Tupac Shakur’s brother says family remains ‘cautiously optimistic’ after recent arrest

The family of Tupac Shakur still has many questions after a man was arrested in connection with the rapper’s 1996 fatal shooting.

Mopreme Shakur, the older stepbrother of Tupac, said his family is feeling grateful for the arrest of Duane Keith Davis, also known as “Keefy D” or “Keffe D,” nearly three decades after the fatal shooting in Las Vegas.

“We’re shocked to a certain degree because it’s been so long,” he said in an interview with NBC News. “There’s still a lot of unanswered questions… we’re cautiously optimistic.”

Officials announced Davis’ arrest on Friday, one day after a grand jury handed up an indictment charging the 60-year-old with murder with a deadly weapon committed to promote a criminal gang, according to court documents.

Suspect arrested in connection with Tupac’s murder

Sept. 30, 202301:39

The indictment alleged Davis obtained the firearm used in the shooting “for the purpose of seeking retribution against Tupac Amaru Shakur” and Marion “Suge” Knight, the founder of his record label, Death Row, after they were seen on video beating up Davis’ nephew Orlando Anderson.

While the indictment doesn’t allege Davis fired the gun, it does argue his role in the crime is as strong as any shooter’s.

“Duane Davis was the shot caller for this group of individuals that committed this crime and he orchestrated the plan that was carried out,” Las Vegas Metropolitan Police Department Lt. Jason Johansson said during a news conference.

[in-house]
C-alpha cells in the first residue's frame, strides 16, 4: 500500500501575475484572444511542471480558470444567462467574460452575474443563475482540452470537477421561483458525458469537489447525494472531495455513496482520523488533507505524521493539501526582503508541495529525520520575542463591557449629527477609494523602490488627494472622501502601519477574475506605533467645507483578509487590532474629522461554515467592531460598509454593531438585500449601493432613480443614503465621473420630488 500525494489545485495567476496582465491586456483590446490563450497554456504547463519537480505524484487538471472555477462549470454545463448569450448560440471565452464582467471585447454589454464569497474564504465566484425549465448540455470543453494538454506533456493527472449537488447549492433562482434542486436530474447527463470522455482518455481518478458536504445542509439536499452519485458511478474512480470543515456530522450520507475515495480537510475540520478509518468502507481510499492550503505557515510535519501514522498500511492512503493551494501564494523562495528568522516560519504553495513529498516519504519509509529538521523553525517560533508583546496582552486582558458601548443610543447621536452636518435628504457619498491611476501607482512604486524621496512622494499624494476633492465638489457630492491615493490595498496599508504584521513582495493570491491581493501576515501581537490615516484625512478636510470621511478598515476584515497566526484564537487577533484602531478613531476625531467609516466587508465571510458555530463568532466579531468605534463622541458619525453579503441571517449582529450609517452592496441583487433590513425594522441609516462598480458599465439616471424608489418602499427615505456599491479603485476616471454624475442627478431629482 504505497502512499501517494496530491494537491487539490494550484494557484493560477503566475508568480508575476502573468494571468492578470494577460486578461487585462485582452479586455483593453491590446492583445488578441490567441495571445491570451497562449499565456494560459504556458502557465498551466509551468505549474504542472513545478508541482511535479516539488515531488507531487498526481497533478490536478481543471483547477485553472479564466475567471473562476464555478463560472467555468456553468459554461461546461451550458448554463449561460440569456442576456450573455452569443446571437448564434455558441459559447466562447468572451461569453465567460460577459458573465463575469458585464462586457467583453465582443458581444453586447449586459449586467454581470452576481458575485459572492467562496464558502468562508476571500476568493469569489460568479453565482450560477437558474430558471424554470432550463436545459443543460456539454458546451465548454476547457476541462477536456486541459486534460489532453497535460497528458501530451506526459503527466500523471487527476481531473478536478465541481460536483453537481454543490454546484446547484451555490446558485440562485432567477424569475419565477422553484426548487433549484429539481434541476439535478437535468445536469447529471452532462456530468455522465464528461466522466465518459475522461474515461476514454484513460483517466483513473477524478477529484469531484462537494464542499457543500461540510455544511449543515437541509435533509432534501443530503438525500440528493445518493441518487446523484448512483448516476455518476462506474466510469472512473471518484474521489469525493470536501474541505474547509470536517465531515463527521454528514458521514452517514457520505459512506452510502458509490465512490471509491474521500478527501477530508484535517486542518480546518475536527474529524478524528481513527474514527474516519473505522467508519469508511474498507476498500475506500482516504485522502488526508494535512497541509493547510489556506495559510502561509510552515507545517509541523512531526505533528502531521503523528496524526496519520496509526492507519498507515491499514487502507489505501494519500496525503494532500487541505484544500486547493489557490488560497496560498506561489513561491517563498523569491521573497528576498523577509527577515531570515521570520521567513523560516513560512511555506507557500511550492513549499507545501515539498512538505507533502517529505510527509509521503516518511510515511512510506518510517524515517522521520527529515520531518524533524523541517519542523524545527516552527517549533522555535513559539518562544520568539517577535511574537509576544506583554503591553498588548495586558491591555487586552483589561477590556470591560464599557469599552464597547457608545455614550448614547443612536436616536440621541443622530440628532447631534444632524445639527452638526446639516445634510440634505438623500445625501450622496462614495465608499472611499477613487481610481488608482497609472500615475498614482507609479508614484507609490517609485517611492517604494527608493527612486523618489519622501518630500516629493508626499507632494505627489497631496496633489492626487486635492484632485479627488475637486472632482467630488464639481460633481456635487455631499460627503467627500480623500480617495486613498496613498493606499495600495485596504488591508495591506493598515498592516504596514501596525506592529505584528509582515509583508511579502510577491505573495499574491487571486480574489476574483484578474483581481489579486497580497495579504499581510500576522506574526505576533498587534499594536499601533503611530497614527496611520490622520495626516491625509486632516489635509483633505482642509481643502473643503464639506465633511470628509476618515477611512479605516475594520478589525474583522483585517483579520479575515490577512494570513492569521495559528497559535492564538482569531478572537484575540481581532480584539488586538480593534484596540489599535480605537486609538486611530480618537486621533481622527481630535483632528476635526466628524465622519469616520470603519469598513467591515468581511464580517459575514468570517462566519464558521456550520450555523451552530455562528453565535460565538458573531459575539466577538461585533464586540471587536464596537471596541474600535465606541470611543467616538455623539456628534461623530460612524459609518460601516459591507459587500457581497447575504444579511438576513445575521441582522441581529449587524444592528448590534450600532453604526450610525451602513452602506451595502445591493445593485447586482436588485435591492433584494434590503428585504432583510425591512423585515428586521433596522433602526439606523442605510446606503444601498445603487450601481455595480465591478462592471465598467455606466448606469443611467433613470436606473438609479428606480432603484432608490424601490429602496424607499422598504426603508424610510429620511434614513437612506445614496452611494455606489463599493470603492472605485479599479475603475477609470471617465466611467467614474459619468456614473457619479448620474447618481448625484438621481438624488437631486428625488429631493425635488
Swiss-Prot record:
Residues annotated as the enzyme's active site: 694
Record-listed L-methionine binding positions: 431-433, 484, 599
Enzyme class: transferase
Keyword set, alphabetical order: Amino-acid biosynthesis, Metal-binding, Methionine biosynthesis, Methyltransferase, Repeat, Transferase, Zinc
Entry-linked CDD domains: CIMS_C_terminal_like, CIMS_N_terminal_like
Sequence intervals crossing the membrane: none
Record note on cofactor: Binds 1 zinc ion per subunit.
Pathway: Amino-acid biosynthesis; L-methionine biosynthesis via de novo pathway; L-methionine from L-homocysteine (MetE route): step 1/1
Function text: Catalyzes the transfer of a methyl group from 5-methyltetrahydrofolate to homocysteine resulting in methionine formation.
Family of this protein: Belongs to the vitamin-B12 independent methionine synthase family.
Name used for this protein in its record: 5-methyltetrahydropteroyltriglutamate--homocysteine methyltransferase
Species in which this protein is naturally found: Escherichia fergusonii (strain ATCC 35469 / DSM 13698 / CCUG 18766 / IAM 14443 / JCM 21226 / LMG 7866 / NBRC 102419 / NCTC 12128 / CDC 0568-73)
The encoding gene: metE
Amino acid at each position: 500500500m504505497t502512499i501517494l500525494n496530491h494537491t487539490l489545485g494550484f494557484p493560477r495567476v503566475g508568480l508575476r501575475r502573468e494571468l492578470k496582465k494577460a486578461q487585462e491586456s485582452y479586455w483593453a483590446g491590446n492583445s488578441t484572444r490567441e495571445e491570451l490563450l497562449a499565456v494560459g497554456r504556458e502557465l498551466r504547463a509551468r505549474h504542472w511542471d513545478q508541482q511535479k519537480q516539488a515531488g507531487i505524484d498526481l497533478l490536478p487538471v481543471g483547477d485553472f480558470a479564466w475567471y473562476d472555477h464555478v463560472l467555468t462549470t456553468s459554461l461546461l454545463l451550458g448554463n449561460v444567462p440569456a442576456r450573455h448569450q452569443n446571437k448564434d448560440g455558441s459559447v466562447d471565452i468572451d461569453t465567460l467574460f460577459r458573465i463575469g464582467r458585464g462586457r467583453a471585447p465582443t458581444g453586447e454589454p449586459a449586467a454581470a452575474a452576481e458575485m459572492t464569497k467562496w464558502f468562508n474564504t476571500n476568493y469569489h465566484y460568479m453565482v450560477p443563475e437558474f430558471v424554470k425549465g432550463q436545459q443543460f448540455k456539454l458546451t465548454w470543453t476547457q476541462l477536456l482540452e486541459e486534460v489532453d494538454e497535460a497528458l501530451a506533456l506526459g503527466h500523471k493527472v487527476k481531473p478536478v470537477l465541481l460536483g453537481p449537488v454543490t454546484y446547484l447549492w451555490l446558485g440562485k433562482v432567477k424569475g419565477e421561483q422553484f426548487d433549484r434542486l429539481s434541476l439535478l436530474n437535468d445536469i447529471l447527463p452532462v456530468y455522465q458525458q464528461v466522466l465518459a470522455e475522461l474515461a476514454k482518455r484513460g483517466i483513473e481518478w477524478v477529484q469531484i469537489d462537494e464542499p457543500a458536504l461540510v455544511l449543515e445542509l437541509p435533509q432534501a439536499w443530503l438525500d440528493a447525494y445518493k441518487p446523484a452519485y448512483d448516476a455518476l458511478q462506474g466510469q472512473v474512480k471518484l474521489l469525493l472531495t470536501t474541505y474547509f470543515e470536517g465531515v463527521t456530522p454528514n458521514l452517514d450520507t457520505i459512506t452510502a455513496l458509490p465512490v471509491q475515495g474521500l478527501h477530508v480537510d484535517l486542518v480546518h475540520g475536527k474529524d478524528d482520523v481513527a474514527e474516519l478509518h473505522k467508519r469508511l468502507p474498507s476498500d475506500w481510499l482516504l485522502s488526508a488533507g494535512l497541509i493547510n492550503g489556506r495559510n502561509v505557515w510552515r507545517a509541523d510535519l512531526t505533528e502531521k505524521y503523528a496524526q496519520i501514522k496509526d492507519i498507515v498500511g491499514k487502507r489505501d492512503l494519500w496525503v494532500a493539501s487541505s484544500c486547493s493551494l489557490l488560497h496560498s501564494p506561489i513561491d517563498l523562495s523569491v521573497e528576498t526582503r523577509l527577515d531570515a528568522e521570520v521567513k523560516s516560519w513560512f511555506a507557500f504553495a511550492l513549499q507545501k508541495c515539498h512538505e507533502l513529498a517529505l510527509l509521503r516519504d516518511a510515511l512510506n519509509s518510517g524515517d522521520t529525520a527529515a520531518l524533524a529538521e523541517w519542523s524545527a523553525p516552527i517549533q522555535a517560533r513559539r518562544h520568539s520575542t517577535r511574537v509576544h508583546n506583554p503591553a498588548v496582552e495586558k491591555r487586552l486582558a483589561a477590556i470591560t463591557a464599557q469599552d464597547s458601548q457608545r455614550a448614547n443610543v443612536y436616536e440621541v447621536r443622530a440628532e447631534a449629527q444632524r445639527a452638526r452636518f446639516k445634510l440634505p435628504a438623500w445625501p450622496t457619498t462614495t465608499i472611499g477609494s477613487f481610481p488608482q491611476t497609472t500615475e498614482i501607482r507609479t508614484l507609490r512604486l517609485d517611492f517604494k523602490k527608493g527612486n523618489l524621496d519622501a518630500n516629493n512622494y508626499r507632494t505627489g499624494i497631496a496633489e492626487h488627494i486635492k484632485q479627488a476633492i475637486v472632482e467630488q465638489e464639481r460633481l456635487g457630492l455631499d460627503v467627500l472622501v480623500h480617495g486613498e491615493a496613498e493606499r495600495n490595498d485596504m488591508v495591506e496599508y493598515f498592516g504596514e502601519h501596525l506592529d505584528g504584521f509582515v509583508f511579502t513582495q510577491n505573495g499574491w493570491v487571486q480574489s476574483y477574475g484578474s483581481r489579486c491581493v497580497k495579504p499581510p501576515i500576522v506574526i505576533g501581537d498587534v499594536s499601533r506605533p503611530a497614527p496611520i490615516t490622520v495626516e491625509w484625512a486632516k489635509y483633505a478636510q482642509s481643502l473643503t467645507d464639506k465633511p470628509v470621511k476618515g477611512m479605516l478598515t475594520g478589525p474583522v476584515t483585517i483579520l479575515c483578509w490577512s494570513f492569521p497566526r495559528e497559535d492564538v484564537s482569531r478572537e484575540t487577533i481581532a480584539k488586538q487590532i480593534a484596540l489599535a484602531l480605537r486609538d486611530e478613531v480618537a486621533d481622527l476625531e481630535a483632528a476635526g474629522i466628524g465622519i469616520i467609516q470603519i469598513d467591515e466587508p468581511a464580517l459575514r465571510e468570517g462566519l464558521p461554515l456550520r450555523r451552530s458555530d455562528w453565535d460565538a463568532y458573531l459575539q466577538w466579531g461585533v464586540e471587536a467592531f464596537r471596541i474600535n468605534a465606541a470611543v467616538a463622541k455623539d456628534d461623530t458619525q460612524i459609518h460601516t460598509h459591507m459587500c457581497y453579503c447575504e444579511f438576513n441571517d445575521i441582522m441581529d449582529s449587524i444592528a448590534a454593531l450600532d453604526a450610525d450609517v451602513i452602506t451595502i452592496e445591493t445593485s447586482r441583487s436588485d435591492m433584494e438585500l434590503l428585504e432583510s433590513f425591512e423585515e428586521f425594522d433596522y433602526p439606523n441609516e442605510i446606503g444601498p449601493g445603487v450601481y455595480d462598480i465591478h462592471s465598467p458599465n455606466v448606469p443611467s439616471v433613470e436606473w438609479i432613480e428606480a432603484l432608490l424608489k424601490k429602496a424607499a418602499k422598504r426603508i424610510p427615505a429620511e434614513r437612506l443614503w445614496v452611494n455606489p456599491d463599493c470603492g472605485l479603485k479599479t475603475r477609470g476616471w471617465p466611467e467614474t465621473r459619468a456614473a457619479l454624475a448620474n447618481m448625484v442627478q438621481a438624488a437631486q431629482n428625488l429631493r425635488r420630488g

The indictment stated Davis and three other gang members with him that night conspired to kill Tupac on the night of Sept. 7, 1996, and that Davis willed his death by “counseling, encouraging, hiring, commanding, inducing and/or otherwise procuring the other to commit the crime.”

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Tupac Shakur in 1993.Tupac Shakur in 1993.AP file

Investigators said it was Davis’ own words in previous interviews that reinvigorated the case that had fueled headlines, conspiracy theories, songs and movies for years, with no charges filed until last month.

Davis has long admitted he was in the gunman’s car at the time of the shooting, and wrote about Tupac’s death in his 2019 memoir, “Compton Street Legend.”

Grand jurors were also shown new evidence, including surveillance video of Tupac leaving a casino shortly before he was shot, and new photos of the crime scene, like the rapper’s bullet-ridden car.

Las Vegas Police executed a search warrant at a home connected to Davis in Henderson, Nevada, in July, NBC News reported, marking the first major development in the case.

Davis was arrested on Sept. 29, which Johansson said “was likely our last time to take a run at this case and successfully bring forth a criminal charge.”

It is unclear if Davis has an attorney to represent him in the case.

Davis was scheduled to make his first court appearance for his arraignment on Wednesday where he can enter a plea, and the judge may also set a date for the trial.